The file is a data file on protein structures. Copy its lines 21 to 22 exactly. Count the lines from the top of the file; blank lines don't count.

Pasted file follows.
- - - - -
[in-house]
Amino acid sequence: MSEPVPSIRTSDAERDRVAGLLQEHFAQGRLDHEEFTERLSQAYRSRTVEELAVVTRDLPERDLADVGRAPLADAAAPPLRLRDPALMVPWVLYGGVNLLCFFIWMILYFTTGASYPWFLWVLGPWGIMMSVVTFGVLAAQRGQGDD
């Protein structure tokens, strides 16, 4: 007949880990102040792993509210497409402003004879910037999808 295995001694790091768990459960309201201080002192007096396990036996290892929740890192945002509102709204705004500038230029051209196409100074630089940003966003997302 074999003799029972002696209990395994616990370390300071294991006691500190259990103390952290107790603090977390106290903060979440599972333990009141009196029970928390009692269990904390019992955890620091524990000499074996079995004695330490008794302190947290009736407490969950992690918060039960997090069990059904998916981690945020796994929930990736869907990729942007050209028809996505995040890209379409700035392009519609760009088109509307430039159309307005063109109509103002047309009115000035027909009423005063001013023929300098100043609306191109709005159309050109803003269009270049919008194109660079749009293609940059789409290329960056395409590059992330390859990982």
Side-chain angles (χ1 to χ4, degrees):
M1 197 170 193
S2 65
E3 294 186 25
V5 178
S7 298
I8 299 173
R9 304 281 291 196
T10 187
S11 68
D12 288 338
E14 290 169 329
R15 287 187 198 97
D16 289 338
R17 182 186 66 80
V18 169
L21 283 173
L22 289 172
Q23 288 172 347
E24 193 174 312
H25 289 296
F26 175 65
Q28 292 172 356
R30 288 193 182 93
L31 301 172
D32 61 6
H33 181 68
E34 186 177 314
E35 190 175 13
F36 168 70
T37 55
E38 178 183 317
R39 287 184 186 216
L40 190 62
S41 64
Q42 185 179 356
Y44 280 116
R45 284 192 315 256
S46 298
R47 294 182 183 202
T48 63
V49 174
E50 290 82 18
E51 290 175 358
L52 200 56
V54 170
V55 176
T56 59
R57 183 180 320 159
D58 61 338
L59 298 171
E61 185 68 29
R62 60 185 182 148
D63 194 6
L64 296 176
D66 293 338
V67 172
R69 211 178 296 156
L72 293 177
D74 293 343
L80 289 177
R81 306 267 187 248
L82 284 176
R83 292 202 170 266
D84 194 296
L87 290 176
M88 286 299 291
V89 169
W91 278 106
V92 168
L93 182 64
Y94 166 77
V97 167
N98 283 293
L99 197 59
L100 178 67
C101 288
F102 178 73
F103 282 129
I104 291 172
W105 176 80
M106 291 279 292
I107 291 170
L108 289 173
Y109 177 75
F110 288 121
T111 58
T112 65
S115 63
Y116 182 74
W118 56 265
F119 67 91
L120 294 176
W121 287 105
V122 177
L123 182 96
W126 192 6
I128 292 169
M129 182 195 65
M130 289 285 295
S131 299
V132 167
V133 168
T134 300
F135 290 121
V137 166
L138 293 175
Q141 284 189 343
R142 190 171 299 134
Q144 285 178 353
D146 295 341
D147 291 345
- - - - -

L22 289 172
Q23 288 172 347